Country Information for Iceland
Due to the Gulf Stream Iceland enjoys a relatively mild climate. July and August are generally the warmest months, with an average temperature of 6 – 12°C, although temperatures in excess of 20°C are not uncommon. From mid-May to late July Iceland enjoys 24 hours of daylight. Summer is however Iceland’s peak season making it a more expensive and busy time to visit. Iceland is also an ideal winter destination where temperatures are mostly between -5°C and 5°C. Because Iceland is sub-Arctic there are no polar nights and even in December there are four to five hours of daylight. October and February – April are popular times to visit for education groups where day light hours range from 8 – 16 hours. Availability is often much better during this period, rates are more competitive and it is a great time to see the Northern Lights.
Iceland’s standard time is 0 – 1 hour behind the UK, depending on our daylight saving hours.
Iceland’s currency is the Icelandic Krona. ATMs are common throughout Iceland and credit cards are widely accepted. Travellers cheques are generally easy to change, but can incur larger commissions than plastic.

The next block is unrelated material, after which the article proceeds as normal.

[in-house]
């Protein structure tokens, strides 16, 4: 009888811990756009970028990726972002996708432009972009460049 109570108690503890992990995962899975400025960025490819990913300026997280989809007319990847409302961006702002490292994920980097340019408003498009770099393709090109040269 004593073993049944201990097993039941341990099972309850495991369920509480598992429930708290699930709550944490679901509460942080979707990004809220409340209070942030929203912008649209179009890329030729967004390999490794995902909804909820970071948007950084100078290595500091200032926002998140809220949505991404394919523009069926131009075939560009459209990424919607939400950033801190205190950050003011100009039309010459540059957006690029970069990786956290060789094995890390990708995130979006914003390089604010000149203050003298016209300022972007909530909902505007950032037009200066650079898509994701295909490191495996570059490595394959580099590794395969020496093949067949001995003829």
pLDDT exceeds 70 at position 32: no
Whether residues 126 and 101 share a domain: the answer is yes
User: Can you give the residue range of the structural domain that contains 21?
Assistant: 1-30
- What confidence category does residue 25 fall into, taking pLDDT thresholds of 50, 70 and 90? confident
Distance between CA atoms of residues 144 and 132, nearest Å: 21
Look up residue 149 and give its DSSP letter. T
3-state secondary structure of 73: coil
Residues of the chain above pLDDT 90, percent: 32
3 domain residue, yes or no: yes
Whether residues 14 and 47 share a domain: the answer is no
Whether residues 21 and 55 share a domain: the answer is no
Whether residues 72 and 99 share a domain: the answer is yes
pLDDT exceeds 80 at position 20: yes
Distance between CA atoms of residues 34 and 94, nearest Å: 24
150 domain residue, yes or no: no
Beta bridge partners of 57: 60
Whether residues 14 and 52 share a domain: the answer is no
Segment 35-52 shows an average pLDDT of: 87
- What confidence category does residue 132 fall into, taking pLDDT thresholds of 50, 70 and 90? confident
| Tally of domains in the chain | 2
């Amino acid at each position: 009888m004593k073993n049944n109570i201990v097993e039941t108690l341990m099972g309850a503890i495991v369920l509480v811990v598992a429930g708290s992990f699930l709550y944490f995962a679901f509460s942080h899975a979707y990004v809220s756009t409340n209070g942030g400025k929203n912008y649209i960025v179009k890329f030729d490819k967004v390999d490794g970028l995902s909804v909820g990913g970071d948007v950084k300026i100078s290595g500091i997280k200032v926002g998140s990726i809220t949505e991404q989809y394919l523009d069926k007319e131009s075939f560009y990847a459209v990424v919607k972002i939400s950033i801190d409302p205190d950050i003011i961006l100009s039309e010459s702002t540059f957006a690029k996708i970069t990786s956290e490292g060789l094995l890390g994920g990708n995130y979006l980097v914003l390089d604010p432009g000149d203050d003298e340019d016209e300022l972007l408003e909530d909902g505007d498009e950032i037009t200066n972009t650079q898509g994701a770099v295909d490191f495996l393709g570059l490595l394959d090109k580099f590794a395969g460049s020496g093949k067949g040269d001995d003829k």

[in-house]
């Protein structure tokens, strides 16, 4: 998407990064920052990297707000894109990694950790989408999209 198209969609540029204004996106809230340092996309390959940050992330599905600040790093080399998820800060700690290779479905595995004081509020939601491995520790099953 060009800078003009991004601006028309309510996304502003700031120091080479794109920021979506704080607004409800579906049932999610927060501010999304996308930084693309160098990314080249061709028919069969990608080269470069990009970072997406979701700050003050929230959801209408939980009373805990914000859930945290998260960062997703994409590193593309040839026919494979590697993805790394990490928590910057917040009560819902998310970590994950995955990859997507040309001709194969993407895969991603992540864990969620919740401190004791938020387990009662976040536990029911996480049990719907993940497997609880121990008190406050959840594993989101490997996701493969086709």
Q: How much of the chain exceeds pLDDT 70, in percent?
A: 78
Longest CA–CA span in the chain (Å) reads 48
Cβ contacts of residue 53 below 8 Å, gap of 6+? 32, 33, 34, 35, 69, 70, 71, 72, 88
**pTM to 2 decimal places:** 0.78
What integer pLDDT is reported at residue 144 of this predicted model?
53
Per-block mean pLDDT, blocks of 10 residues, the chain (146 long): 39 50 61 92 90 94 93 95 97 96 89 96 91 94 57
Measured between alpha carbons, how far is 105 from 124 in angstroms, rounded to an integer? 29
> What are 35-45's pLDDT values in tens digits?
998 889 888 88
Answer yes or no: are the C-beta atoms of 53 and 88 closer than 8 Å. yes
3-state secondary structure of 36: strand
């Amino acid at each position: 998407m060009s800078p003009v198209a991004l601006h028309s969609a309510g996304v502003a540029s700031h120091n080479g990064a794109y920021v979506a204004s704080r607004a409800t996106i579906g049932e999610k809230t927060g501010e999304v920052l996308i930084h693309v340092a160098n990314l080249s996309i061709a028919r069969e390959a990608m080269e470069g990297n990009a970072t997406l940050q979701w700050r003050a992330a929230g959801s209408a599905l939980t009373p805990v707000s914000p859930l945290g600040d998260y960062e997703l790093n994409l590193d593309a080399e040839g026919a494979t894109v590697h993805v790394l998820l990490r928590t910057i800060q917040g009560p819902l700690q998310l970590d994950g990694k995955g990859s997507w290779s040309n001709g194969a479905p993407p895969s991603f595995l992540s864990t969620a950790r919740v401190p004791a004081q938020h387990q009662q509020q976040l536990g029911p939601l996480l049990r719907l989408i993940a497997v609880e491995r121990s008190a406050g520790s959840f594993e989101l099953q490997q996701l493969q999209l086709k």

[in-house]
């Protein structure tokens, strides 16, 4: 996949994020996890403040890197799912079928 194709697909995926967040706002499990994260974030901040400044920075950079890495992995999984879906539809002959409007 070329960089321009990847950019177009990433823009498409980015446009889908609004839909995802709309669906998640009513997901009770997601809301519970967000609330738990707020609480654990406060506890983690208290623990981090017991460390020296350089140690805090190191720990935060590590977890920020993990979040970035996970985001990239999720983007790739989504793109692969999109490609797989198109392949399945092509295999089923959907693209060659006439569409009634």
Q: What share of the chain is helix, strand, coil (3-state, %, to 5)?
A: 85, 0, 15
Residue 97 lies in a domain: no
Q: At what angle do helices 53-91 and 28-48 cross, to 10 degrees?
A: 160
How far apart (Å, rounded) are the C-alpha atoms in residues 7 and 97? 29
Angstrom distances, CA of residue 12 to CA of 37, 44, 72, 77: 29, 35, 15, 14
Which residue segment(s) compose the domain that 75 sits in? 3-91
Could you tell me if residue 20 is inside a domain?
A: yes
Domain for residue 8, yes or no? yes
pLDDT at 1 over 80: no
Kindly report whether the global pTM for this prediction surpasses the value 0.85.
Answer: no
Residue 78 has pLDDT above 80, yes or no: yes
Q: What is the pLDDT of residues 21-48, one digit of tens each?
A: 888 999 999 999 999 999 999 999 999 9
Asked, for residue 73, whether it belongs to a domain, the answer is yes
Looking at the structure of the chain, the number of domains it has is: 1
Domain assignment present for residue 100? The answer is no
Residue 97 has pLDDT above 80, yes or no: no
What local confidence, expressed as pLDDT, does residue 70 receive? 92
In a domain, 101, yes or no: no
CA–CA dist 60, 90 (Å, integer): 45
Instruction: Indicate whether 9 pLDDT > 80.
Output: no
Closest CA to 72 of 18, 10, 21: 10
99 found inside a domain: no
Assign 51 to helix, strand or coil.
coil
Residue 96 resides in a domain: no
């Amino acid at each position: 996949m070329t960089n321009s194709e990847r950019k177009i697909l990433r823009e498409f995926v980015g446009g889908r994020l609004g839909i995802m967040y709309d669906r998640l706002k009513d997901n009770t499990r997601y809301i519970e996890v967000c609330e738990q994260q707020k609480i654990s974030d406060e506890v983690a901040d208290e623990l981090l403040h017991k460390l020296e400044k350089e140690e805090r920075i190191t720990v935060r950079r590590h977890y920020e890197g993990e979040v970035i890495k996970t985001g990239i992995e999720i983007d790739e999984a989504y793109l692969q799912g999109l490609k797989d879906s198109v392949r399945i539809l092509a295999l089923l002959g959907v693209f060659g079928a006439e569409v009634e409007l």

Visas are not required by EU passport holders – visitors should have a passport with at least three months validity remaining, plus plenty of spare pages.
Citizens of the EU receive free or reduced-cost state-provided health care cover with the European Health Insurance Card (EHIC) for medical treatment that becomes necessary while in Iceland. Please note that carrying the EHIC card does not negate the need for fully comprehensive travel insurance.
You should contact your GP around 8 weeks prior to travel to check whether you need any vaccinations or other preventative measures. The Foreign Commonwealth Office and NHS Fit For Travelwebsites also carry up-to-date medical information.
We can arrange Discover the World insurance which covers you for any activity included in your itinerary. Please refer to your price guidelines for the current costs. If you choose not to take our insurance please ensure you notify us of your insurance company, your policy number and 24 hour contact number. We advise taking out insurance when you pay your first non-refundable deposit.
A shyness towards foreigners maybe mistaken for coldness, though the Icelanders are by nature welcoming and hospitable to visitors, if a little curious as to what brings them to Iceland.
The emergency services contact number in Iceland is 112.